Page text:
I hesitate to use their language, right? I think it’s clear that the end goal is the erosion of privacy for the overwhelming majority of people who are not terror­ists or sex traffickers or anything bad. For me, that’s my focus rather than on their purported goals, which are laudable to the extent that they’re really pursuing them. But just want to put that polit­ical angle in context.

Brady Swenson:

Yeah. Yeah. I mean, the politics of fear should not be foreign to anybody’s under­standing of how this world works, who’s watching out there this, these kinds of crimi­nals, terror­ists, child pornog­ra­phers, et cetera, are lever­aged to diminish individual privacy…

Rafael Yakobi:

Yeah. They were all going 100x on BitMEX, but now we’re going to put a stop to that.

Brady Swenson:

Right. Yeah. Guys, thanks so much. I really appre­ciate this conver­sa­tion. I think it was great. Do you guys have any closing words you want to pass along to Bitcoiners regarding your work in terms of Bitcoin and law, what to expect, what we can do as Bitcoiners to help good outcomes for Bitcoin and the law?

Jake Chervinsky:

Yeah. I guess my closing thoughts, I’ll echo something that Rafael said earlier, which is if you care about these issues, learn how to take custody of your own Bitcoin and learn how to protect your own privacy, right? The best way to signal to govern­ment that these things matter to us is to do them. Also as Rafael said, if we’re going to prepare for the worst, then you better get your Bitcoin into your own wallet while you still can while you don’t have those restric­tions. I think that’s a worst case scenario, but it’s at least worth saying, if nothing else, to motivate people to learn how to do that. I would say follow me on Twitter.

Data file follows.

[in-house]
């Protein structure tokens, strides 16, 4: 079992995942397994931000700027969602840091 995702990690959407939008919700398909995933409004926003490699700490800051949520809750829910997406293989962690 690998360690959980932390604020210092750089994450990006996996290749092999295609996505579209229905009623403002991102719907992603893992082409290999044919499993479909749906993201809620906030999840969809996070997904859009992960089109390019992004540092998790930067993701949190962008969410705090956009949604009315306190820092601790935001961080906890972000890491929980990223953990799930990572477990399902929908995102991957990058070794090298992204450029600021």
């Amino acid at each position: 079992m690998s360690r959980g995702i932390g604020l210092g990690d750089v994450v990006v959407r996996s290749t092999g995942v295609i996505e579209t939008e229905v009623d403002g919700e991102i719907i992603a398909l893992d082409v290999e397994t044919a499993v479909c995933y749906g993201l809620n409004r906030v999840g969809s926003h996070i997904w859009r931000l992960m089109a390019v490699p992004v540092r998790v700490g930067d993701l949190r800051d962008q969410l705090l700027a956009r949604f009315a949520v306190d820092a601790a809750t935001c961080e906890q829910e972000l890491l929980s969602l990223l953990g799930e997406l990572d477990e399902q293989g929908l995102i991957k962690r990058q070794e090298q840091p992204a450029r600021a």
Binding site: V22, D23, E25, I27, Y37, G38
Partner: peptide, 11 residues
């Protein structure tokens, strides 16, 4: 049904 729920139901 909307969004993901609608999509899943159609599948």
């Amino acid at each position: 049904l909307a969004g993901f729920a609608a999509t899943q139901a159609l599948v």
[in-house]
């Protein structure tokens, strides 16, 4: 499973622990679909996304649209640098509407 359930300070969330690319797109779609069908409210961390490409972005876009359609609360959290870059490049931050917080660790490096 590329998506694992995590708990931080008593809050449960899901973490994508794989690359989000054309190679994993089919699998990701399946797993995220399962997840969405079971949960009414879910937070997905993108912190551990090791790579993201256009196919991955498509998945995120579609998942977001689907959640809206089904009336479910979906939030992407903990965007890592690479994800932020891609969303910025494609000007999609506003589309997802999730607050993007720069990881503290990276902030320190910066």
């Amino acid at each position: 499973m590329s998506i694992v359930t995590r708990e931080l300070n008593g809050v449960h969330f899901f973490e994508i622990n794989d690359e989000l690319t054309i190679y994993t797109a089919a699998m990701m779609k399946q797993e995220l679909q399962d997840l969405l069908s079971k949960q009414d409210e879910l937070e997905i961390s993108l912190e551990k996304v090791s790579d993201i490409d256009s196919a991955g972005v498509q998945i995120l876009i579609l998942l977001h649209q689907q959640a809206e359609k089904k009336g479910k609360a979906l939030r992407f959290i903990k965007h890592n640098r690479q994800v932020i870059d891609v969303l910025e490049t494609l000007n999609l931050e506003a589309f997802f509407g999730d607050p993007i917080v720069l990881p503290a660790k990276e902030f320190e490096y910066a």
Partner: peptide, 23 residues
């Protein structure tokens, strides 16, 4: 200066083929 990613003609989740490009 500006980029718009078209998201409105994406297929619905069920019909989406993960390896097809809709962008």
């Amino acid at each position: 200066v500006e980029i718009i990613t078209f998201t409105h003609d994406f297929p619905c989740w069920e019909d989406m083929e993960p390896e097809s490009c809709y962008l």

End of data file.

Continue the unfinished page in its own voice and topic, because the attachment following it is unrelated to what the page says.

I’m hoping to put out some more infor­ma­tion as time goes on about what people can do to get involved in this fight. I do think this is something that will benefit from grass­roots support. I do think there’s an oppor­tu­nity for us to influ­ence policy makers and explain to them why they should not sacri­fice our individual Liberty in the name of some vague, ambiguous, theoret­ical advan­tage for law enforce­ment that I think ultimately won’t bear out anyway. I’m @jchervinsky on Twitter, and I’ll try to keep folks updated on that. Beyond that, that’s pretty much all I got.

Brady Swenson:

Thanks so much, Jake. Rafael?

Rafael Yakobi:

Sure. I guess my final thought, because Jake covered the essen­tial stuff, is that … Okay. It’s a very short story, but I had an inter­ac­tion with the DOJ on behalf of a crypto client, and they were asking me all this infor­ma­tion about things that the client was doing that seemed obvious that they would be able to figure out. I asked them and I was like, “Why are you even asking me this stuff? Right? Don’t you have … Aren’t you recording all of our phone calls and reading all of our emails and watching every­thing that we do anyway? Don’t you have unlim­ited resources to be able to see what we’re doing? And why you’ve been asking me, right? If you already know the answer.” Basically, their sarcastic response was that’s exactly what we want you to think. So please continue to believe that.